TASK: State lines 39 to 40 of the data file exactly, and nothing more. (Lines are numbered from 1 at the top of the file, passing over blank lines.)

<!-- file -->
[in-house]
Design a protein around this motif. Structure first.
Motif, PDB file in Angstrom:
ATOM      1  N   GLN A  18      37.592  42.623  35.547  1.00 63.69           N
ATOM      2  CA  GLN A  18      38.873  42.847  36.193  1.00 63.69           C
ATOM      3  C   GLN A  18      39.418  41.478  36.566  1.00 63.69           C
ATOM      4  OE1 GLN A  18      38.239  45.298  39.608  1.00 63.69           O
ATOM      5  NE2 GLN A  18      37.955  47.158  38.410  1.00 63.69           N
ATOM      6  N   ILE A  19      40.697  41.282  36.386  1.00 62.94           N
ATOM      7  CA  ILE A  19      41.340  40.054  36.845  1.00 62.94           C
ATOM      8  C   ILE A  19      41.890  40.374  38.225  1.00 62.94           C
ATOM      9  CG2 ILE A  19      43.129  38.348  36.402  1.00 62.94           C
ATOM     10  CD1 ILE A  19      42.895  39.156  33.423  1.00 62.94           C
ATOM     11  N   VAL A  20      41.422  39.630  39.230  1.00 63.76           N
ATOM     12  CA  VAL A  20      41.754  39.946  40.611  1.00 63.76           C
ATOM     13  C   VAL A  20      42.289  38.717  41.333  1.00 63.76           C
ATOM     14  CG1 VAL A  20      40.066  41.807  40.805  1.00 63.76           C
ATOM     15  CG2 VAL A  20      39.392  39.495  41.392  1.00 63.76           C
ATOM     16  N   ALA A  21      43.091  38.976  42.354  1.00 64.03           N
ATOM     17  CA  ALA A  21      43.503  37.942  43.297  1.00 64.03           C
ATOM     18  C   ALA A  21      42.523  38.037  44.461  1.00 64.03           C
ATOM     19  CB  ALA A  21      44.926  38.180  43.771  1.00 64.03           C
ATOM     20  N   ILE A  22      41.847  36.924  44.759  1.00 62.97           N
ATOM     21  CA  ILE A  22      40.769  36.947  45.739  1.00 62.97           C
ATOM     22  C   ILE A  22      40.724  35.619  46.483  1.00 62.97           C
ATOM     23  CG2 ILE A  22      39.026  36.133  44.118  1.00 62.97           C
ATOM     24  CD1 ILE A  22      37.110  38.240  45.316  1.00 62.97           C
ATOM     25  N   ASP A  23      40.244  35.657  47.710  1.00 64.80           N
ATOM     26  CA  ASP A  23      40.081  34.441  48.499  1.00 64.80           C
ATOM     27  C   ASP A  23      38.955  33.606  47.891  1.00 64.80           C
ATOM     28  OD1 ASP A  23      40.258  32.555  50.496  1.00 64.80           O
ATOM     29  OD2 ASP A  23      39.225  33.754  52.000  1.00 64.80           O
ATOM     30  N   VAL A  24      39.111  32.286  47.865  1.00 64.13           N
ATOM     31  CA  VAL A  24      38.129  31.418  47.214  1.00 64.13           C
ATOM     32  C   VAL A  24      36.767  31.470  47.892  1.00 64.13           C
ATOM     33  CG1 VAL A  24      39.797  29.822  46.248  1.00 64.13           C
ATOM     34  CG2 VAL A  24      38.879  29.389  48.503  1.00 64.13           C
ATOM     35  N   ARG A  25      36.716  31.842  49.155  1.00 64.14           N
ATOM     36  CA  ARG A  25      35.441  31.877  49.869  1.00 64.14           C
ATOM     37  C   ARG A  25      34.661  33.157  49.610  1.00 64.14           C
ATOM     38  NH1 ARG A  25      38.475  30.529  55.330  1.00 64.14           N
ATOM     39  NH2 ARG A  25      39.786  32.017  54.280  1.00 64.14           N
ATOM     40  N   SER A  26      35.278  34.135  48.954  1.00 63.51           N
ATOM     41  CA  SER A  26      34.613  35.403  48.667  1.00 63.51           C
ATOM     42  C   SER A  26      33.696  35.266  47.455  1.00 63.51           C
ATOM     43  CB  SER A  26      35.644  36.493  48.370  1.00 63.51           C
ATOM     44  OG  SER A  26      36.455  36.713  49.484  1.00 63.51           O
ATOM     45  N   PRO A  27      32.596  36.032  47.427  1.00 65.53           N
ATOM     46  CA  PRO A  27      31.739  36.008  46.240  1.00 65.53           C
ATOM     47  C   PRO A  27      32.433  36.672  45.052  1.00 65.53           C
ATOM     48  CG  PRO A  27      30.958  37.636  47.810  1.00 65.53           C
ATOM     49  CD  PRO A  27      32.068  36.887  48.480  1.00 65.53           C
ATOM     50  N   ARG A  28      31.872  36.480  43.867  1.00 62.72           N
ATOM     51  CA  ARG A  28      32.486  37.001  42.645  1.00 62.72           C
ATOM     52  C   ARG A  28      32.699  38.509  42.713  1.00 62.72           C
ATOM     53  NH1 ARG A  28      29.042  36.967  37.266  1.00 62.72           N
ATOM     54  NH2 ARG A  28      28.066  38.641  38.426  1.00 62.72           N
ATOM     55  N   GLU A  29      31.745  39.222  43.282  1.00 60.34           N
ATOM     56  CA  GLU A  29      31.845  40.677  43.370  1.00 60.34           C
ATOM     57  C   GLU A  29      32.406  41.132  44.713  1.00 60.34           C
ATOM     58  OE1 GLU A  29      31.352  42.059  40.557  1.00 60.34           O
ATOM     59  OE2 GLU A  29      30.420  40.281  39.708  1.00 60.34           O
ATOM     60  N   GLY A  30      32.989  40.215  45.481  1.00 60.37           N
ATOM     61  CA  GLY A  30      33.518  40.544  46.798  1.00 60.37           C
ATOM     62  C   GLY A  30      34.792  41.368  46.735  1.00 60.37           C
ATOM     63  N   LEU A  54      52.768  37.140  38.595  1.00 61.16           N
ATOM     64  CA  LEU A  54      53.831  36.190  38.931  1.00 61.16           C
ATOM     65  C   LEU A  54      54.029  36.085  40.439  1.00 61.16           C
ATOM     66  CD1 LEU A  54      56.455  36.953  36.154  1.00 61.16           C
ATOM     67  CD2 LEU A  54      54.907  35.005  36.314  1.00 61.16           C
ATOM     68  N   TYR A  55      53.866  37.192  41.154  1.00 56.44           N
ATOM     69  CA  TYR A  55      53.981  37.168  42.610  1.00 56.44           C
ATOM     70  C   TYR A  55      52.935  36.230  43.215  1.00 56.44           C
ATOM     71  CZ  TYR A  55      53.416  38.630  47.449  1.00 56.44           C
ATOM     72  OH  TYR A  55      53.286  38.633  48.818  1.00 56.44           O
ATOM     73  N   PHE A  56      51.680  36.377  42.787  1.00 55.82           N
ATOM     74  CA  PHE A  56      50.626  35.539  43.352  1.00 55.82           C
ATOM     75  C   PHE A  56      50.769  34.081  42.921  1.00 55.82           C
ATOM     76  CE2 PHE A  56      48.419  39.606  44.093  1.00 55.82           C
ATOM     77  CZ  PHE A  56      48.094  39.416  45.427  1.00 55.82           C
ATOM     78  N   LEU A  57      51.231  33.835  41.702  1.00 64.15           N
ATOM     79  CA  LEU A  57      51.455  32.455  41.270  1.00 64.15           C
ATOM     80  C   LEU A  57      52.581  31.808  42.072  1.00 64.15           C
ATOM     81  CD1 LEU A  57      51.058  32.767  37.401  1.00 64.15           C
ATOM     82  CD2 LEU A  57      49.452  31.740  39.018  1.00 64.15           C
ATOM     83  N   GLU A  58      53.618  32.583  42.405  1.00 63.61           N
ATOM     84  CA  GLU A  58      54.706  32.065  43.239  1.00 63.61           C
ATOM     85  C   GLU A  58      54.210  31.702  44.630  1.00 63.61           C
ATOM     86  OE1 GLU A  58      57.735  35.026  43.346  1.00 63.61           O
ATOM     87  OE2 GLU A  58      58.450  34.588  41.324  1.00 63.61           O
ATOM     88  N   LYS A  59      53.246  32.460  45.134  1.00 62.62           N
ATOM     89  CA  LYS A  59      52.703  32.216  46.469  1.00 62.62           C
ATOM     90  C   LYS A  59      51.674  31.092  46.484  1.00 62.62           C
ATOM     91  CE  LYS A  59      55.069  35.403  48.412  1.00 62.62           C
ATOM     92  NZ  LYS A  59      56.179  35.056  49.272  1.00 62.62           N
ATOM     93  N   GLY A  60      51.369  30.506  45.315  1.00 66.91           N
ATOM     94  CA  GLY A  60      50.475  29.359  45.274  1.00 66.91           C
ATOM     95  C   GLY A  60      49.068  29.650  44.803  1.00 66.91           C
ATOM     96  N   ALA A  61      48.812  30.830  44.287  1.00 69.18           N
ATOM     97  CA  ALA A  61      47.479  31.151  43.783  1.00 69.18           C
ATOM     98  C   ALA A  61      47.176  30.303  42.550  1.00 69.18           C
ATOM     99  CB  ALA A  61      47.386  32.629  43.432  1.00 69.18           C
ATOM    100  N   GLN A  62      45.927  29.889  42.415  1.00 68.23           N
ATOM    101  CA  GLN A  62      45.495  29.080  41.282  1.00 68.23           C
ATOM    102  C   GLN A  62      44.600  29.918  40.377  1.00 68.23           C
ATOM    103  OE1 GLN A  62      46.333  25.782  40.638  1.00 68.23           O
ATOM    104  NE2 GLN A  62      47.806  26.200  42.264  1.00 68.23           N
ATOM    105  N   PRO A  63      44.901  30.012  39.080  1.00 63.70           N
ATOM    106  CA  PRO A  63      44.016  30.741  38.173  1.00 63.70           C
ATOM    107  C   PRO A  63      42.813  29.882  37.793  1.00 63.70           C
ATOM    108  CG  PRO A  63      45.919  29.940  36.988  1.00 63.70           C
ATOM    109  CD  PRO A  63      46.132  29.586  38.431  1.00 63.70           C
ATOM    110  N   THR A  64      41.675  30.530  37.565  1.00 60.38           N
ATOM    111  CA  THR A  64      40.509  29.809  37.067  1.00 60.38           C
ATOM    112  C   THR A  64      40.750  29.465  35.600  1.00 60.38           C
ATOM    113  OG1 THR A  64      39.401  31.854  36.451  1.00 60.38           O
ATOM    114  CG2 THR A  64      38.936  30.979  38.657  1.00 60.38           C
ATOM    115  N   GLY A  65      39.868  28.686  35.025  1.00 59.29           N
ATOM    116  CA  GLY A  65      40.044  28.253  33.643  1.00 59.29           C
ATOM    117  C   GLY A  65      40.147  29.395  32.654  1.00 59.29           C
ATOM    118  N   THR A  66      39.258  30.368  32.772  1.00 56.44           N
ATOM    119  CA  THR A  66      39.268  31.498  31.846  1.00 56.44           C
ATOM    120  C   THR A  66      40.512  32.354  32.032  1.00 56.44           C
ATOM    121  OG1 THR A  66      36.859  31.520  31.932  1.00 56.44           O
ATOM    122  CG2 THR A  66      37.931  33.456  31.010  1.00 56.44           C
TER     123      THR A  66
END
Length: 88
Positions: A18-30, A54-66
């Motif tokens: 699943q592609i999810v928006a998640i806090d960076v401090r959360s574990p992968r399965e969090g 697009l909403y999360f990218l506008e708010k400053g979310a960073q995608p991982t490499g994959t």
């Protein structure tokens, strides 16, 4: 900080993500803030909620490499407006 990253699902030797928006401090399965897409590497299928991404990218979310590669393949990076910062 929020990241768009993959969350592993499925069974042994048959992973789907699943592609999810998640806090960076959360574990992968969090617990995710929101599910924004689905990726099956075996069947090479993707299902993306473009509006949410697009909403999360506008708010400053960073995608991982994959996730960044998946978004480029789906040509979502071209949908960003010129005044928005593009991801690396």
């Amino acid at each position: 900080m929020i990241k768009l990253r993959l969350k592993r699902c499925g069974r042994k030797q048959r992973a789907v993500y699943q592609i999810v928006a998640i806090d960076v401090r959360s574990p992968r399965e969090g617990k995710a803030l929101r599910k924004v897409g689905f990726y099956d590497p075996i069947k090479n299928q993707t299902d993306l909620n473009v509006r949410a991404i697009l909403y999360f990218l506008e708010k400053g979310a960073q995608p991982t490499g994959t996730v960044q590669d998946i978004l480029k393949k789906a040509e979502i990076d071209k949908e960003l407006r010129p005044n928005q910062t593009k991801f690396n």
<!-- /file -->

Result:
ATOM     36  CA  ARG A  25      35.441  31.877  49.869  1.00 64.14           C
ATOM     37  C   ARG A  25      34.661  33.157  49.610  1.00 64.14           C